Freddie Mercury: The Final Act is a new feature-length documentary on BBC2 that reveals how the Queen frontman hid his deadly AIDS diagnosis from the world and what happened in the flamboyant singer’s heartbreaking last few years and months. With an air date of Saturday Nov 27 at 9pm on BBC2, this documentary also features interviews with Freddie’s bandmates Brian May and Roger Taylor, plus Brian’s wife — former EastEnders star Anita Dobson — and Freddie’s sister Kashmira Bulsara, all sharing their memories of this heartbreaking time.
In 1986 Queen were one of the biggest rock bands in the world. But just a year after a world tour, two sell-out shows at Wembley and the release of their worldwide hit A Kind of Magic, the band’s flamboyant frontman Freddie Mercury was secretly diagnosed with AIDS.
“There were signs something was wrong. We’d seen him disappearing and coming back with these kind of burns to his skin,” says Freddie’s fellow bandmate, Queen guitarist Brian May, in BBC2’s moving 90-minute film Freddie Mercury: The Final Act to mark the 30th anniversary of Freddie Mercury’s death.
“Eventually Freddie sat down and said, ‘okay you guys probably know what’s going on with me. I don’t want to talk about it. I just want to keep on making music for as long as I can.’ And that was it.”
Due to the stigma surrounding AIDS at the time, the band were forced to deny press rumours that anything was wrong. But Freddie Mercury’s health deteriorated rapidly and, by the time Queen accepted the award for Outstanding Contribution to British Music at the BRITs in 1990, it was clear he was very ill.
‘Freddie Mercury: The Final Act’ — the singer’s last year and death
In May 1991, Freddie filmed the music video for the hit Bhese Are The Days of Our Lives, which turned out to be his last. “By then he was finding hit hard to walk, he was finding it hard to sit because he was in a lot of pain. But he never complained, never,” says Brian May.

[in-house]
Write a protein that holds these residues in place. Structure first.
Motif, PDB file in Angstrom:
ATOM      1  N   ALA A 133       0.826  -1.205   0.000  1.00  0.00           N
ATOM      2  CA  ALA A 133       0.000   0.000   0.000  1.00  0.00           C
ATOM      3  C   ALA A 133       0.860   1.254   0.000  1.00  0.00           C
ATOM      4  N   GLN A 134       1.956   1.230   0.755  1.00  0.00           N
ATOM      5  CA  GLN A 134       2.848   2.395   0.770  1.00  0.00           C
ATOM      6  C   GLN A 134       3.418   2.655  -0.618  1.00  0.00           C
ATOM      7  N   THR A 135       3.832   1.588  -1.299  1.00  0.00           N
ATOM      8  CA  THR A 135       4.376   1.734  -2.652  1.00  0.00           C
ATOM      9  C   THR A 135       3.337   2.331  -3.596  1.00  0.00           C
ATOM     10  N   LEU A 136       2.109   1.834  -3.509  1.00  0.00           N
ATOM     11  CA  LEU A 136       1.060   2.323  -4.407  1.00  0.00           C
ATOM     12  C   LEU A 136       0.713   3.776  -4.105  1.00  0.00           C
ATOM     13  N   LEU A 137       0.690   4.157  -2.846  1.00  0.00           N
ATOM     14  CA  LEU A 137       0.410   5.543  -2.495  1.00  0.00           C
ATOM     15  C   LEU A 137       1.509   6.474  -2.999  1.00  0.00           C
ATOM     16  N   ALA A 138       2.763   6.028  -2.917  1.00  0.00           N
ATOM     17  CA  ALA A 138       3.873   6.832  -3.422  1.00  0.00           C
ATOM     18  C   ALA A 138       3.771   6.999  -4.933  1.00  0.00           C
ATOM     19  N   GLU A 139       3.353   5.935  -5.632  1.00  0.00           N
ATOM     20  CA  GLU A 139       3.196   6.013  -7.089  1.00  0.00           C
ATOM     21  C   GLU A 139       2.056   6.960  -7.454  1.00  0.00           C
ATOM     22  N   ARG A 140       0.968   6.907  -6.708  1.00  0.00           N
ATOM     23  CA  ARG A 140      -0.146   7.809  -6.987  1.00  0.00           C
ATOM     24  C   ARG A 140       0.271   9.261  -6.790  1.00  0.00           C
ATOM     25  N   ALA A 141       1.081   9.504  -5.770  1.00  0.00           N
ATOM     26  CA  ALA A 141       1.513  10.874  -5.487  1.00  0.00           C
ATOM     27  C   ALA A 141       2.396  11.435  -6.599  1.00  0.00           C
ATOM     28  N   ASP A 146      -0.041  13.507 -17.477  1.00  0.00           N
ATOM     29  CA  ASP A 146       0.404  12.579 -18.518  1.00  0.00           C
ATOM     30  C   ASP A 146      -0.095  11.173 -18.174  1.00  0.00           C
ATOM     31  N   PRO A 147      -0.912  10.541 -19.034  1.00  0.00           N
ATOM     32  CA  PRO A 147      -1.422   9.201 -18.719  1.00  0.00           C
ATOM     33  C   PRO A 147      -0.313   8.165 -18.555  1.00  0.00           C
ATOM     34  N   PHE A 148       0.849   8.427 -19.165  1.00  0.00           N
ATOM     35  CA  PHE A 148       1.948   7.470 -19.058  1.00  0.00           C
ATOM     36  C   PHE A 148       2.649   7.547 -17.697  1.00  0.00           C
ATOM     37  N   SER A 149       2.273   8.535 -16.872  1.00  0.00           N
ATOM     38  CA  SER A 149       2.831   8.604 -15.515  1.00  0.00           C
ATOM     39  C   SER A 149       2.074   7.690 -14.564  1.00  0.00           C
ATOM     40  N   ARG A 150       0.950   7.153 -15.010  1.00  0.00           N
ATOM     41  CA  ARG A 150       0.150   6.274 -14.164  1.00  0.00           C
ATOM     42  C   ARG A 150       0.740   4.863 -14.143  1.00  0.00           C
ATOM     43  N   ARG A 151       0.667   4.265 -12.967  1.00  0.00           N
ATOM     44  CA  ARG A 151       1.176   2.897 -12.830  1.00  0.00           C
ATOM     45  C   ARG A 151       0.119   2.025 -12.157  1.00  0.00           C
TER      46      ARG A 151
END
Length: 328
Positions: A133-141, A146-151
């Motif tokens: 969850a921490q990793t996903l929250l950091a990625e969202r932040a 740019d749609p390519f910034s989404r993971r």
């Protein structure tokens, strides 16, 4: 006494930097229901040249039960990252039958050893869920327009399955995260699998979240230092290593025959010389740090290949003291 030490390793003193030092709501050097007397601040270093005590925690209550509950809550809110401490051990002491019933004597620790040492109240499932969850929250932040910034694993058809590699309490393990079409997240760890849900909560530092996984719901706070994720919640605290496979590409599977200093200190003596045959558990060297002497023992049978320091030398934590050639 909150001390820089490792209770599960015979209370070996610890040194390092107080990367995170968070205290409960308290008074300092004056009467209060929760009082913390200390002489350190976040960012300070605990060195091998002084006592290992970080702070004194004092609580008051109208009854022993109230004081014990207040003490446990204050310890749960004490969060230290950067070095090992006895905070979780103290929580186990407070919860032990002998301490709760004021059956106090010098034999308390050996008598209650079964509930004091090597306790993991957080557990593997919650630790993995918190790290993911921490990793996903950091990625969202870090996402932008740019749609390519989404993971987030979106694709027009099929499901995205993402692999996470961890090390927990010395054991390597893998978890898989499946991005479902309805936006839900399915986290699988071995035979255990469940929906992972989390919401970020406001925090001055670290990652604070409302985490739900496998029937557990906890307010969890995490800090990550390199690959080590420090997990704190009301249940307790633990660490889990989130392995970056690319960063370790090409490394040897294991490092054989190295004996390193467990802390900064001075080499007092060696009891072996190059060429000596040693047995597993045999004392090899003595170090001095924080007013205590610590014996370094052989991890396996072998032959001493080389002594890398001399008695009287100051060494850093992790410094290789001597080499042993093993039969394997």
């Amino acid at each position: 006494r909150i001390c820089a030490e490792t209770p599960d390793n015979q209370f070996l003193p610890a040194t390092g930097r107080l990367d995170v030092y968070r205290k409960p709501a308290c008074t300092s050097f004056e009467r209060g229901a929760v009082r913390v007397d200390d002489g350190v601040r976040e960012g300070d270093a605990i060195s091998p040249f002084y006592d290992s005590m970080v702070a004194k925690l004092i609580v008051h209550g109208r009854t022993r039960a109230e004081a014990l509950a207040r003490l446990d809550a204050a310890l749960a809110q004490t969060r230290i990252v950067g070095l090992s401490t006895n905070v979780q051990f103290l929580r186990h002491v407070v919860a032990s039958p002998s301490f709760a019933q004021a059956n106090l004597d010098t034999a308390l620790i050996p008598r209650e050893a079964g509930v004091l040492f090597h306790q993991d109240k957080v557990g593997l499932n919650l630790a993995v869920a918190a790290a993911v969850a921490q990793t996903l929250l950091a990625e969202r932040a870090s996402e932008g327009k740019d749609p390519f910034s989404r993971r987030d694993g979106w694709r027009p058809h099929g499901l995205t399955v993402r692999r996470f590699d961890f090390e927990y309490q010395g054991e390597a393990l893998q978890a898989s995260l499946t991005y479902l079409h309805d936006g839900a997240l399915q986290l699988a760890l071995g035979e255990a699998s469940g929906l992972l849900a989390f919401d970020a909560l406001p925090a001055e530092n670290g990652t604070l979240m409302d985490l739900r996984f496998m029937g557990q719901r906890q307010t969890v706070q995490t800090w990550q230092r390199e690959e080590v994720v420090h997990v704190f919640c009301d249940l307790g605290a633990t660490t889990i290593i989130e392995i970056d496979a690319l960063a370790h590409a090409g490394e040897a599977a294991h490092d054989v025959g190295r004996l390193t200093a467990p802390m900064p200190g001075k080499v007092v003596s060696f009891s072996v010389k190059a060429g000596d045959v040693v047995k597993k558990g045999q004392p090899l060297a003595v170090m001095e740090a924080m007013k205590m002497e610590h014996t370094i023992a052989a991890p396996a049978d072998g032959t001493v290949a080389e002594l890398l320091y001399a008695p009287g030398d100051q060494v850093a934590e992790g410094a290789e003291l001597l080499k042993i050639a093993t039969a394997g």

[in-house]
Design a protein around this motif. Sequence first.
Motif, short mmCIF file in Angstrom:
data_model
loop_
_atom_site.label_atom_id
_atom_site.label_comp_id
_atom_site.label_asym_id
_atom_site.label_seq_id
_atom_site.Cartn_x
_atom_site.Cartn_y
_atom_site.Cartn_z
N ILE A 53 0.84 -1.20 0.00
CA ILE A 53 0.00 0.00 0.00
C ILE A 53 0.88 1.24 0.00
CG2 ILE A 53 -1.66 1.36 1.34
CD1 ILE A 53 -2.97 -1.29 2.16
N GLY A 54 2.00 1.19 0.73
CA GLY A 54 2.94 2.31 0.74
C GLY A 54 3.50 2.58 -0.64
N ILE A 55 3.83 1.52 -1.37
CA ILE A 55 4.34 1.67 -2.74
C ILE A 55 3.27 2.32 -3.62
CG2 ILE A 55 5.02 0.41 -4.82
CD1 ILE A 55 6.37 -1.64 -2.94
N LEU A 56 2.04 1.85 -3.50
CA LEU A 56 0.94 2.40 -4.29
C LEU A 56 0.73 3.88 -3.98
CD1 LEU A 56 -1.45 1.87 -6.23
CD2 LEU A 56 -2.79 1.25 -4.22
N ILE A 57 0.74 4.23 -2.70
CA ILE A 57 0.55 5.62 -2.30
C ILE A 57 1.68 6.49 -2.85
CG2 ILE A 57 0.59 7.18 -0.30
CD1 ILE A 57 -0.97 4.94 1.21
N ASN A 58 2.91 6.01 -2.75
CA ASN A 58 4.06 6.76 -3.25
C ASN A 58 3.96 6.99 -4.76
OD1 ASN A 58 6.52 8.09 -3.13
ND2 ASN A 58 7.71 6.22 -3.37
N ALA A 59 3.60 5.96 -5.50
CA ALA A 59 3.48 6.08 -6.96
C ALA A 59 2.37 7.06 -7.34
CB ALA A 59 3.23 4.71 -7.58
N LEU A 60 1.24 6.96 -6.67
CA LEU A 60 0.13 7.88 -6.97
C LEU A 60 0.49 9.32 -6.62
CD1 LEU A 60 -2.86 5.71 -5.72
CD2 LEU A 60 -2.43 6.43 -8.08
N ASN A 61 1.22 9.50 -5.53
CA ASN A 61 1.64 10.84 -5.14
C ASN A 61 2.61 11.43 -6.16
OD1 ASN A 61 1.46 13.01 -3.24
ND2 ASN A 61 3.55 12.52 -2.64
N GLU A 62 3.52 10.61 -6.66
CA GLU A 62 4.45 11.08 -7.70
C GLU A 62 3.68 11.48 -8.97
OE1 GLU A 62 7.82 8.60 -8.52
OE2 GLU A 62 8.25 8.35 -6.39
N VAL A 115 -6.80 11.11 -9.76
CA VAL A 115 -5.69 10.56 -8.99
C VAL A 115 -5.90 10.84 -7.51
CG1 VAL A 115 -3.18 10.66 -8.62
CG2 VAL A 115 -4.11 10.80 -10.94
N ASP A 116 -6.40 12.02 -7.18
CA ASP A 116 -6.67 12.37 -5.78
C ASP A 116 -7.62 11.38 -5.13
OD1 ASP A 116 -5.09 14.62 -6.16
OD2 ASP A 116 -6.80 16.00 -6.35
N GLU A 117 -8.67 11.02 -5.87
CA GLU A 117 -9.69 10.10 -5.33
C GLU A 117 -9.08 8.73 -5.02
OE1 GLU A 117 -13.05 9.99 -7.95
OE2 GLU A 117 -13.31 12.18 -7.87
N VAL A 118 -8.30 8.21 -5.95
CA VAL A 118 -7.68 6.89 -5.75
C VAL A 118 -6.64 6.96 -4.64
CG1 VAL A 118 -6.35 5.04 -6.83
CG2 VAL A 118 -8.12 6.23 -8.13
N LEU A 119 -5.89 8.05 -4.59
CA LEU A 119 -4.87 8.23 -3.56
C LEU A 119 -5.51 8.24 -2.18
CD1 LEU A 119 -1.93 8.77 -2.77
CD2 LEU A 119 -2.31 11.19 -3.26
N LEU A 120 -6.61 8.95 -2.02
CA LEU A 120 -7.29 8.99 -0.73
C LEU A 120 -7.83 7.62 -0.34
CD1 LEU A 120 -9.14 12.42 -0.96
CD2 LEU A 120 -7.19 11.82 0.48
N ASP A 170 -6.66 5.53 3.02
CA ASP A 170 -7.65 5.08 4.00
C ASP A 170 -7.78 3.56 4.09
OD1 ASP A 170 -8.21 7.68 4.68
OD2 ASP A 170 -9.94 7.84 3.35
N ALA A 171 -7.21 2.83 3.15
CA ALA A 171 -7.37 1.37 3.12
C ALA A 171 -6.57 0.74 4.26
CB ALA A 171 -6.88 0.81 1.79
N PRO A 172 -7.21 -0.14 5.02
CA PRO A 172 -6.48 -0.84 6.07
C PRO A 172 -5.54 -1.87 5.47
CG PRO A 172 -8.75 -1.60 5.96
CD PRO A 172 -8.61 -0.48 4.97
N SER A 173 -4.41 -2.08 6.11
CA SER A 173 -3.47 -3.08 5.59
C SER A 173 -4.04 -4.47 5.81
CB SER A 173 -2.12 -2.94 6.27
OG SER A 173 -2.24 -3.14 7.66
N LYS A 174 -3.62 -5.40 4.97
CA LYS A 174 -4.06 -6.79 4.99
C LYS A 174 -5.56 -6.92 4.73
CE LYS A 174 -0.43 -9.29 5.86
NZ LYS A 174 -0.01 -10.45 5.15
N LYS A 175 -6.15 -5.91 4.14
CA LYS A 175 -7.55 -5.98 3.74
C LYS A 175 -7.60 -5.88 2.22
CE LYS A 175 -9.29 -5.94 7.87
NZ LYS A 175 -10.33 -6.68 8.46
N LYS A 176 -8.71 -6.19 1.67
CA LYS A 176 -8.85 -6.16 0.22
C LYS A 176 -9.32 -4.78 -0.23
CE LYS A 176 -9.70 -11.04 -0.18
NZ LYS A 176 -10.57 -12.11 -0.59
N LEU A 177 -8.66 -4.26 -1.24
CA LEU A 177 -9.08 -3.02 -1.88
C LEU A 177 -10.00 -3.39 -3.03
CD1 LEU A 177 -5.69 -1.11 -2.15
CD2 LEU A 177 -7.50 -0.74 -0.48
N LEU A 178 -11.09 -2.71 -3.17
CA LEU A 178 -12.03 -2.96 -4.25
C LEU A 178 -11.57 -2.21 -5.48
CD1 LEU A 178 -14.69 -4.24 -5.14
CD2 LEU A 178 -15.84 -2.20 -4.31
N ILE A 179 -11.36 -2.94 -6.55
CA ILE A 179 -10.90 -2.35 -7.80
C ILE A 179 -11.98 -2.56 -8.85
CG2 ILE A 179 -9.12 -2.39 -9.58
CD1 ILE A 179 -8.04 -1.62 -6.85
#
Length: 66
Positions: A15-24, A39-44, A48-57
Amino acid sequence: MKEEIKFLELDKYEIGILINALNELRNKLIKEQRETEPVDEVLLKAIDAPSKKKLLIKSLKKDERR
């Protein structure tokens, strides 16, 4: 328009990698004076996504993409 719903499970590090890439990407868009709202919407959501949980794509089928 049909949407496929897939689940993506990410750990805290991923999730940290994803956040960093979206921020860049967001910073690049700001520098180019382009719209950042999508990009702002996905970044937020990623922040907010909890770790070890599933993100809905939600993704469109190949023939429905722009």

“He could barely stand then, so it was a very brave thing to do,” adds Queen drummer Roger Taylor. “But he wanted to do it and do it he did. It was like a goodbye. It was very moving.”
During the last two weeks of Freddie’s life, the press camped outside his London home, as Freddie made the decision to stop taking the drugs keeping him alive.
On 24 November 1991 Freddie fell into a coma and died, just 24 hours after revealing his AIDS diagnosis to the world. But as this BBC2 documentary reveals, while Queen fans paid tribute to Freddie’s musical genius, some corners of the press vilified him for his homosexuality. Determined to change the stigma surrounding HIV/AIDS, in April 1992 Queen performed at Wembley alongside the likes of Elton John, David Bowie and George Michael as part of The Freddie Mercury Tribute Concert shown live on BBC1 to raise awareness of the disease.
“The day Freddie died we spent the whole night at my house just trying to make sense of it. It hit us very hard,’ recalls Roger Taylor. “We were very angry and we had to stick up for our friend, for our best friend. I became fixated with the idea of giving him one hell of a send off – and it was a wonderful day. The warmth was infinite.”
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